Friday, December 14, 2018

'Frederick Douglass taught that literacy is the path from slavery to freedom. There are many kinds of slavery and many kinds of freedom, but reading is still the path.'
                                                                                    ― Carl Sagan

Thursday, December 13, 2018

It was cold today with the sign on Chambers Street. But the sky was wonderfully gray like a Thomas Hardy novel. Snow was coming. I listened to 'John Wesley Harding' when I got home. I had the album in college in 1968. I can see it sitting on the top of some kind of high table we had. It came out around Christmas. I played it a lot.

Wednesday, December 12, 2018

'Health and literacy are deeply connected because a quality education is at the core of sustaining a healthy life,' said Linda C. Mayes, M.D., the Arnold Gesell Professor of Child Psychiatry, Pediatrics and Psychology, and director of the Yale Child Study Center.

Tuesday, December 11, 2018

'For kids who are exposed to books at home, the loss of a library is sad. But for kids who come from environments where people don't read, the loss of a library is a tragedy that might keep them from ever discovering the joys of reading-or from gathering the kind of information that will decide their lot in life.'
                                  ― Michael Moore

Sunday, December 9, 2018

From the latest Columbia Journalism Review:

What’s behind a 

recent rise in books coverage?

IF IT OCCASIONALLY FEELS like nobody reads books, anymore—that we are indeed witnessing the slow death of the literary novel, and the rapid decline of leisure readingand the steady increase of American non-readers—why is it that mainstream publications are writing more about them?
Since the beginning of 2017, The New York Times has continued to expand its already robust book coverage. More recently, New Yorkannounced that it would triple its book coverage. In October, The Atlantic launched a Books section and a newsletter, “The Books Briefing,” with plans for “additional products.” Even BuzzFeed is getting in on the action: in November, they launched an online book club, complete with an attendant Facebook group and newsletter.
For the Times and The Atlantic, the changes arrived at a moment of substantial growth for each publication as a whole.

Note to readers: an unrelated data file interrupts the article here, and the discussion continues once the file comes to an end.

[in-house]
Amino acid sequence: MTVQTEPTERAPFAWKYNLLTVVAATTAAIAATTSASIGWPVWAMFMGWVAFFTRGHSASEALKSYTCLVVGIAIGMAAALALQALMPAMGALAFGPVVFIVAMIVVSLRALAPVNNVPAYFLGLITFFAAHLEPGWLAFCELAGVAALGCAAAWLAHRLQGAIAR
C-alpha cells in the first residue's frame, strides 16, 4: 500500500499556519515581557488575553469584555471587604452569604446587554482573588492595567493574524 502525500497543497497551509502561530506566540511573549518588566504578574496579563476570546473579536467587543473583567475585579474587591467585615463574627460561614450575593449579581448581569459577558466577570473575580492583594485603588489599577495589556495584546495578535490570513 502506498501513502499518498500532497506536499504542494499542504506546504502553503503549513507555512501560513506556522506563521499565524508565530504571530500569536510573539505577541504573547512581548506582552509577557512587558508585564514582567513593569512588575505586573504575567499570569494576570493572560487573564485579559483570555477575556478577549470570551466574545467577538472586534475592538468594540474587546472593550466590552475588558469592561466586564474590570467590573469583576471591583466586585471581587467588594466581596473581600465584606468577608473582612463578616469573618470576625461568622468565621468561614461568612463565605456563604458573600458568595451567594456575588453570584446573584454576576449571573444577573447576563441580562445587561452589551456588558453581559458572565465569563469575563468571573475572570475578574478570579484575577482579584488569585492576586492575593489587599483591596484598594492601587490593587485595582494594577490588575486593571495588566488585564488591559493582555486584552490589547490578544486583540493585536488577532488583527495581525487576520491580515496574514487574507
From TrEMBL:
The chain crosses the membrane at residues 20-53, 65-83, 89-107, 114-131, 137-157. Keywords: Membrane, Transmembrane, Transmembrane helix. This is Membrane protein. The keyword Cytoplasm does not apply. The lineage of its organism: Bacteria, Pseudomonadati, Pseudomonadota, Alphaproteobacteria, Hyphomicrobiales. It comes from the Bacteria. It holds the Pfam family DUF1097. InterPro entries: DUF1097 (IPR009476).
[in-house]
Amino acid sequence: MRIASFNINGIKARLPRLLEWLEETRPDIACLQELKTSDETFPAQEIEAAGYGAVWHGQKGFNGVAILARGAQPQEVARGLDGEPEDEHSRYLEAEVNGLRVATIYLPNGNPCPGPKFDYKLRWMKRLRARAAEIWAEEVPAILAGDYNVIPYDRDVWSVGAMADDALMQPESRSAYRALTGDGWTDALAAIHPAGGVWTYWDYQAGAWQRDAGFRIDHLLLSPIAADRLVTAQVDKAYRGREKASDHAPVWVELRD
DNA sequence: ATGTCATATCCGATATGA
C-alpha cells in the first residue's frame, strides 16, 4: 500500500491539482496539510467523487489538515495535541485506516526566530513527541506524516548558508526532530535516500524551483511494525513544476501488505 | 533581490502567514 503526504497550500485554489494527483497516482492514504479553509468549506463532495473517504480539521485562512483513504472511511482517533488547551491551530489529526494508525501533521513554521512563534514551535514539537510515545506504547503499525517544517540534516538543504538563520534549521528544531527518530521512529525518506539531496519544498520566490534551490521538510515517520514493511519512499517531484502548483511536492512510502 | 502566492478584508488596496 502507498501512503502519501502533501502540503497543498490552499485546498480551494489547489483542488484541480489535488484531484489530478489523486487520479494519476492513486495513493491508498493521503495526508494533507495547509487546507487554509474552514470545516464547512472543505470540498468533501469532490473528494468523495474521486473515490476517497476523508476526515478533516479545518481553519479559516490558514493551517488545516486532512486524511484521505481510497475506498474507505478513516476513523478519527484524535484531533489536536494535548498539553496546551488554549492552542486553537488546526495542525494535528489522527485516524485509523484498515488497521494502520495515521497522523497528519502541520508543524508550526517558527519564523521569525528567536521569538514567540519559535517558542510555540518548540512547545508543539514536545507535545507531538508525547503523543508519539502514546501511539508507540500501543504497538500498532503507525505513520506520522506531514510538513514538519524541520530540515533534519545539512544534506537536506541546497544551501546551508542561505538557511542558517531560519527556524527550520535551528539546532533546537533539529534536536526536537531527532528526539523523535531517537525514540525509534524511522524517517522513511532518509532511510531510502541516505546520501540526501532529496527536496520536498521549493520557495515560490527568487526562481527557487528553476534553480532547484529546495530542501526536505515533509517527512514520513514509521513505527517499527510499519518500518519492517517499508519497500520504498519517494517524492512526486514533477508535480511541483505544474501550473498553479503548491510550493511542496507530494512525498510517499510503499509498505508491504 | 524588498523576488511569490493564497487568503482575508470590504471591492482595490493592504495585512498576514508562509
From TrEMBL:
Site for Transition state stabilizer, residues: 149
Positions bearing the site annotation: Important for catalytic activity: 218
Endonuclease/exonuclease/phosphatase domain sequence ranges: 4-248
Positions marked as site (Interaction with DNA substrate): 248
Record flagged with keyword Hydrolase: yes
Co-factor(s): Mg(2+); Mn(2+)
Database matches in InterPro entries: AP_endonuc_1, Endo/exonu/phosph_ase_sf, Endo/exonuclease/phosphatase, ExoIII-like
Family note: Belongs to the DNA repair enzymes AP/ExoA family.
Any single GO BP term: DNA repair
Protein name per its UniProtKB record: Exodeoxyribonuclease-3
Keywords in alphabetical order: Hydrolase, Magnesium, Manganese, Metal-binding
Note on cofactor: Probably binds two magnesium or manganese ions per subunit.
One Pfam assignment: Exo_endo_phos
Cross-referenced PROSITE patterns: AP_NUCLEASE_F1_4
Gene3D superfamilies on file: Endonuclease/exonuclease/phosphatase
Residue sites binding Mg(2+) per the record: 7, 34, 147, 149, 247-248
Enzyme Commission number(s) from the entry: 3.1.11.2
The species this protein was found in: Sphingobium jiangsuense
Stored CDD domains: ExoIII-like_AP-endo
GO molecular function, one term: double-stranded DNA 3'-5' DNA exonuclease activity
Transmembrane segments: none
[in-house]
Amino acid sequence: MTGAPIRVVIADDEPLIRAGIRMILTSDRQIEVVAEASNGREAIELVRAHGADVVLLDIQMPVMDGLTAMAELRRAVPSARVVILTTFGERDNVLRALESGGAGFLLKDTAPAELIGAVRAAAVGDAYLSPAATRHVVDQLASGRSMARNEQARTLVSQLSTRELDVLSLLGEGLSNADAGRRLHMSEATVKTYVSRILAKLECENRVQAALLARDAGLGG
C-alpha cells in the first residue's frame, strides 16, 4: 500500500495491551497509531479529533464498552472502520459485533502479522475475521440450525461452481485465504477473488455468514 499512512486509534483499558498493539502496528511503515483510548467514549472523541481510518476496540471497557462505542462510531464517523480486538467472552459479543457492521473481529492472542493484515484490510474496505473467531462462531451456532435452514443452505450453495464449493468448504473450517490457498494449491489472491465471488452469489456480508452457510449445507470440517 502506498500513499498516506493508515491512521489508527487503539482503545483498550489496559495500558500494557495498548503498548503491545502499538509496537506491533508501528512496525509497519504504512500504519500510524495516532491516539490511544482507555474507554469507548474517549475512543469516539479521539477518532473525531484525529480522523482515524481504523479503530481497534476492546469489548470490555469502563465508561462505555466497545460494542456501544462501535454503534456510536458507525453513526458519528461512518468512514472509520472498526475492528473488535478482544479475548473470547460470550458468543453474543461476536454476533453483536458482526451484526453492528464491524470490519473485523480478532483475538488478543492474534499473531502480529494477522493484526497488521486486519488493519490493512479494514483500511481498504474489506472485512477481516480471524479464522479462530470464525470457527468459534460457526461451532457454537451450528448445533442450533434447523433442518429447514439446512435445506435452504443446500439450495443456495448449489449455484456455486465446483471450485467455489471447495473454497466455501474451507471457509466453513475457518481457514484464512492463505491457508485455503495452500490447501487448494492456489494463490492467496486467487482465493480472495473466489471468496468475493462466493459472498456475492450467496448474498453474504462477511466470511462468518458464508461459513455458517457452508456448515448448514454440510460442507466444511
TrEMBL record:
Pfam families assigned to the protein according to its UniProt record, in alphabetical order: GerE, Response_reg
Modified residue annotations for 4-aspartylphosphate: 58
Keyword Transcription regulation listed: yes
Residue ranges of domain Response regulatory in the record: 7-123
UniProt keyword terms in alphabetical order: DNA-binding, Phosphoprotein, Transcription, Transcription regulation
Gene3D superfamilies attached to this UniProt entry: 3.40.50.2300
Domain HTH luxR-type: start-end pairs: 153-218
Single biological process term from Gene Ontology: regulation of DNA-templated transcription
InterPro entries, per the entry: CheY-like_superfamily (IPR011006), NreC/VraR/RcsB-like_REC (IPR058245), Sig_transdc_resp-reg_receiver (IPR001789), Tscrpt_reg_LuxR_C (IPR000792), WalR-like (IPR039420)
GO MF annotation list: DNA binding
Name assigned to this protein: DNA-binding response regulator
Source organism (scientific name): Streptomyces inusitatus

In February, The Atlantic announced a sizeable editorial expansion, spurred on by a significant post-election boost in readership and by Emerson Collective, the philanthropic organization that acquired a majority stake in the magazine last summer. The new Books section, editor Adrienne LaFrance said, is part of an enlargement of the site’s culture coverage, as well as a natural extension of the magazine’s literary roots. According to a spokesperson, in the month since its launch, the section was already receiving a 20-percent higher median view time than other sections of the site.
The Times’ book coverage used to operate out of three different departments—the business desk, the culture desk, and the Book Review. Now, it is centralized under the stewardship of editor Pamela Paul, who attributes the change, in great part, to the growing number of online Times readers.
“In a digital world, where people aren’t encountering these distinct sections of the paper in discrete parts of this physical newspaper, it becomes very confusing,” Paul says. “You would basically have three separate departments covering books totally independently and yet, in the eyes of most readers, in a single space.”
Unlike other newsrooms, the Times still has the manpower necessary to run a freestanding newspaper book review—the last of its kind in the country—which requires reading through thousands upon thousands of galleys. The Book Review is sticking to its core strengths, such as serious reviews and reportage, because it has the resources—including staff critics and full-time publishing reporter—to outperform competitors.
“Given the competitive landscape, and frankly, the fact that no one else was doing what we were doing, there was a real opportunity to do more with books,” Paul says.
Some books, such as reissues, translations, anthologies, or visual books, don’t make sense to review, but are still worth covering somehow, Paul says. Thus, the Times has also been reconsidering the way it approaches book coverage, whether through newsy recommendationsInstagram, its podcast, or more essays that integrate books into the culture-at-large.
“In the past, when a book came into the Book Review, the question we would ask is, ‘Does this book deserve to be reviewed? Should we review this?’” Paul says. “Now the question is, ‘Does this book merit coverage? And if so, what does that look like?’”
“In the past. . . the question we would ask is, ‘Does this book deserve to be reviewed? . . . Now the question is, ‘Does this book merit coverage?’”